Lastly, before making a final decision, it is always good to ask the breeder for their opinion, as good breeders often have vital information about their puppies and can provide valuable insight into their characteristics and temperaments, thereby ensuring that you exactly find what you are looking for. 


Bringing Your German Shepherd Puppy Home


Once you have established a rapport with a puppy and have made up your mind about becoming a dog parent, or a dog parent to another puppy, take a friend or companion with you who can help you clean up if your puppy is carsick. If you intend on making your puppy comfortable in a crate, give the crate to the breeder a few days before you bring the puppy home so that the breeder can help it acclimatize itself to the crate. 


The first day at home will be a traumatic experience for your puppy as it is away from its family. Thus, ensure that your puppy has a place to be comfortable and relaxed, with an adequate amount of food and water. It would be wise to spend some time exclusively with your puppy initially, such as an extended weekend plan so that your bond can grow. 


Be sure to collect your puppy's adoption contract and veterinary records. Furthermore, find out the exact kind of food that the breeder was giving the puppy you just adopted. Giving your pup entirely different food during the first few days can be traumatic for them. With their unfamiliar sights, smells, and sounds, your home and car can frighten your puppy, leading it to stress out and get anxious. Anticipate this and give your pup some time to adjust to the new environment. 


The first few days can be demanding as a dog parent because you need to adapt to changes in your schedule with the arrival of your puppy. Similarly, the puppy, too, can cry, whine or get overly affectionate, which can be regarded as coping mechanisms to deal with the sudden change in environment. During this time, make sure you don't scold your puppy or be overly affectionate either. 

Introducing Your Puppy To A New Home Environment.


Before bringing your newly adopted puppy home, it is essential for you to puppy-proof your home! Go down on all fours and check for sharp objects, hazardous materials, or any other dangerous substance that your puppy might end up chewing or swallowing. 


Cover your electrical outlets as well. Stock your home with food that your puppy has been eating while under the breeder's care. Keep an adequate amount of food and water, water bowls, treats, and grooming tools such as brushes, shampoos for puppies and nail clippers. Cleaning detergent for stains and smells will also come in handy in case of any accidents. 


Decide on that area of the house that will be where your puppy spends most of its time. This step is crucial as constantly changing your puppy's place can lead to disruptive sleep patterns and cause stress. 


German Shepherds, being extremely active, will tend to run across your halls, and in such cases, an accident or two are bound to happen. In such cases, it would be a good idea to restrict your dog's movements to areas that can be cleaned easily. Furthermore, German Shepherds have sharp claws and can ruin expensive hardwood floors, so it would be wise to keep them away from such flooring.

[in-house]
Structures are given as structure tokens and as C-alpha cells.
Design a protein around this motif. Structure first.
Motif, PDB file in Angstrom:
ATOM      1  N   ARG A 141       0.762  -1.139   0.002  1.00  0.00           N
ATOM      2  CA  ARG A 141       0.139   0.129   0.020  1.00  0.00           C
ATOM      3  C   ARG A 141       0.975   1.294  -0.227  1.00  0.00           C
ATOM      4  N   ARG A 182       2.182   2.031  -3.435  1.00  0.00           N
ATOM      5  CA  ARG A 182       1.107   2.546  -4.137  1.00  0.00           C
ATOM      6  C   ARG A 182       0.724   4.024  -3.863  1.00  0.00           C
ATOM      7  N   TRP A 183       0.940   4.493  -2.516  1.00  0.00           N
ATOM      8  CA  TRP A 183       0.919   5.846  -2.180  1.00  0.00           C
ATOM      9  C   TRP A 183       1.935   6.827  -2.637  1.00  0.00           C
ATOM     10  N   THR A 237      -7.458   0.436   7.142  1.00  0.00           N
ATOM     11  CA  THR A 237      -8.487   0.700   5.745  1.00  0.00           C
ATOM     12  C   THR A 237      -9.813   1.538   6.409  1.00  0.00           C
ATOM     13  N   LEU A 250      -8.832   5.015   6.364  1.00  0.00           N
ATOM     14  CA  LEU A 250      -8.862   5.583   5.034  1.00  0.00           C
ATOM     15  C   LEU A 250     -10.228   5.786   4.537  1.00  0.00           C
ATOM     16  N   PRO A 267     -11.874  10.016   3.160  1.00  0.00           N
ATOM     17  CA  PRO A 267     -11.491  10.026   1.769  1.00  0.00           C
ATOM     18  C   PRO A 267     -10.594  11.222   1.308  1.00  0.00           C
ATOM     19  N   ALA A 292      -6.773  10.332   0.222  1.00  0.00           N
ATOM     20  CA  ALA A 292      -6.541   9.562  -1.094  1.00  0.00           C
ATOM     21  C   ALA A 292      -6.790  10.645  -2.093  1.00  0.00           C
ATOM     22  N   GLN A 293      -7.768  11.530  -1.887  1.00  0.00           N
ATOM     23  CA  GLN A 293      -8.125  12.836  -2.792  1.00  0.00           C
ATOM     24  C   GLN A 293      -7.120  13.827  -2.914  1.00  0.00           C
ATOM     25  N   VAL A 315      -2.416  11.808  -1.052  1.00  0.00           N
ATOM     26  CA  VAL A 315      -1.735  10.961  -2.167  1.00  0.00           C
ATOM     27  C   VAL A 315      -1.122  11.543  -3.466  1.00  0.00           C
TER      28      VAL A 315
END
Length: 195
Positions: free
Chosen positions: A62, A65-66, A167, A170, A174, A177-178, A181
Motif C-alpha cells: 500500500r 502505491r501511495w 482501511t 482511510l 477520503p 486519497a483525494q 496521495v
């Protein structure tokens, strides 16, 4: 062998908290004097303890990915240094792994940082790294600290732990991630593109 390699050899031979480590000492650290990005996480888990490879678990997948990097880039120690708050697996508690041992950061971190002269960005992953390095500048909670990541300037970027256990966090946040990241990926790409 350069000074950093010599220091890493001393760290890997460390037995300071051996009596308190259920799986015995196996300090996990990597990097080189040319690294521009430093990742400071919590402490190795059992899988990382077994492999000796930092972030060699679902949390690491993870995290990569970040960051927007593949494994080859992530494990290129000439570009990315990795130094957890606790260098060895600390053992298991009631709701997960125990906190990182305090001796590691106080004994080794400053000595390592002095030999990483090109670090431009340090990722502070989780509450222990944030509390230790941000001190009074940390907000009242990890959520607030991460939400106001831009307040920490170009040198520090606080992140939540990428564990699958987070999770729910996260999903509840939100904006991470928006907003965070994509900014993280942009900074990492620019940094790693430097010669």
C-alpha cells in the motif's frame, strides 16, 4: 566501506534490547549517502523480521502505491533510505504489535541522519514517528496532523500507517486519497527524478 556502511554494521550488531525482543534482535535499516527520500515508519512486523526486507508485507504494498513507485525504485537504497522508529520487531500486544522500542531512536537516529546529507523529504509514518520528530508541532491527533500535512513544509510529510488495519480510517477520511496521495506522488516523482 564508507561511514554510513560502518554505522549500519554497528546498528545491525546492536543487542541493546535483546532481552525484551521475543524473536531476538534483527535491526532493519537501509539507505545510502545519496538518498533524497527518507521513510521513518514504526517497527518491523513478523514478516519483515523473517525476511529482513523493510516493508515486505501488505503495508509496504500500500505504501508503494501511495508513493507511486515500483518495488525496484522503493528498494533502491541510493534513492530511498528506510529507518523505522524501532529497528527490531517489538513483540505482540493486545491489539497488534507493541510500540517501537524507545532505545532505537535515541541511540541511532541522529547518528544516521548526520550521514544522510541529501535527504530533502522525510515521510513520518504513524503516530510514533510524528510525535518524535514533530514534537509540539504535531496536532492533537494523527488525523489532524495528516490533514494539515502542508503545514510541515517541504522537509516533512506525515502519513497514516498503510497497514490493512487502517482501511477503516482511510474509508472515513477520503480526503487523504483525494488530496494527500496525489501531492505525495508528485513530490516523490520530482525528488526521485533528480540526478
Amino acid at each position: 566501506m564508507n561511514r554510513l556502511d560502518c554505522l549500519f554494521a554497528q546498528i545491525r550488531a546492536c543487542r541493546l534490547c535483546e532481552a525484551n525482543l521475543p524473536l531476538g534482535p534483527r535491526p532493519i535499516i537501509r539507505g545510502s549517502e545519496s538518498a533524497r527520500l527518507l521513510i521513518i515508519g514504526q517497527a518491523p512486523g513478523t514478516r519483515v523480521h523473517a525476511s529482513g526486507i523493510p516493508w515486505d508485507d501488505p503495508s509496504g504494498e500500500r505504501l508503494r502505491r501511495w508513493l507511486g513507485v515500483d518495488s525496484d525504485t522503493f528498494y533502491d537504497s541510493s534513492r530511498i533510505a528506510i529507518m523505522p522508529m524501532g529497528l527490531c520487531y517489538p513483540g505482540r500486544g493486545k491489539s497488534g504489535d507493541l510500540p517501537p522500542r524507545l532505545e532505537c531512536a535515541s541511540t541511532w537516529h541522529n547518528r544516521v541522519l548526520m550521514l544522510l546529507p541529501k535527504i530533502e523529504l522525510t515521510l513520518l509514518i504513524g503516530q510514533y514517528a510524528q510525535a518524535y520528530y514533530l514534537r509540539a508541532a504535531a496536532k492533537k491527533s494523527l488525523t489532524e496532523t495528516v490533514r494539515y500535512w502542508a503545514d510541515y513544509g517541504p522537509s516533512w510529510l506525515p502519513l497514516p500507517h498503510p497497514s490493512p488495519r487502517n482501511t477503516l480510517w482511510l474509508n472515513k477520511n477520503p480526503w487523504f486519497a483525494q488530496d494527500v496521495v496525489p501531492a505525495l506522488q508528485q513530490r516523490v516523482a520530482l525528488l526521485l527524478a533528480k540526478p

As mentioned previously, your puppy will be nervous during the first few days. Frequent bathroom breaks will be a necessity for your pup, and thus, keep an area designated just for this purpose. Also, let your dog run around the house and acquaint itself with its surroundings. If your dog is chewing or biting furniture in a puppy-proofed home, you could offer a toy as a distraction. 



If you have children, teach them how to properly handle your puppy without being too rough. If you have other pets, give your pup a chance to meet and acknowledge them. Be careful while introducing your puppy to other puppies and grown dogs. However, most dogs are not aggressive with puppies, so it is doubtful that you will face problems on this front. Between eight and sixteen weeks of age, Puppies require plenty of clean water to drink and many meals a day. They also have small bladders and hence, will urinate often. Since they expend a lot of energy during the day, they will take several naps. 


It would be recommended to begin a daily routine for your pup and stick to it. Since German Shepherds require a lot of physical activity, taking them out in the mornings and evenings for an adequate amount of time religiously would be necessary. 


The faster you get your pup accustomed to a routine, the more beneficial it is to better sleeping schedules and better mental and physical health. When you begin house training your dog, be sure to praise them when they relieve themselves in designated areas but refrain from punishing them if they fail to do so. Remember that your home is a new environment for them, and thus, it will take a while to house train them. 

Training Your German Shepherd Puppy.


Training your dog from the day they come home is very important. Clear rules should be set that should not be broken. For example, if you do not want your dog to get on the bed, do not let them come on the bed ever. Allowing them sometimes and then not other times gets confusing for your dog, and they may not be able to learn the desired behaviour effectively. 


Training your puppy can be divided into two stages, each with different objectives. The first stage of training needs to take place when your pup is between eight to sixteen weeks of age. In this period, socialization, house training and crate training goals must be accomplished. The second stage of training needs to occur when your puppy is three months of age until about 9 months. The main objectives of this training phase are obedience training, impulse control, and recall. 

From 8 - 16 weeks

Goal: Socialization


German shepherds are very protective of their owners. This makes it essential to make them see that other individuals are not necessarily threats. This period is critical to expose your puppy to different people in non-threatening situations. 


This can help them grow more confident around strangers instead of becoming hostile. Socialization creates a strong foundation for the rest of your puppy's training. One example of socialization comes from the grooming requirements of this breed. German Shepherds need to be groomed regularly so that they don't shed a lot.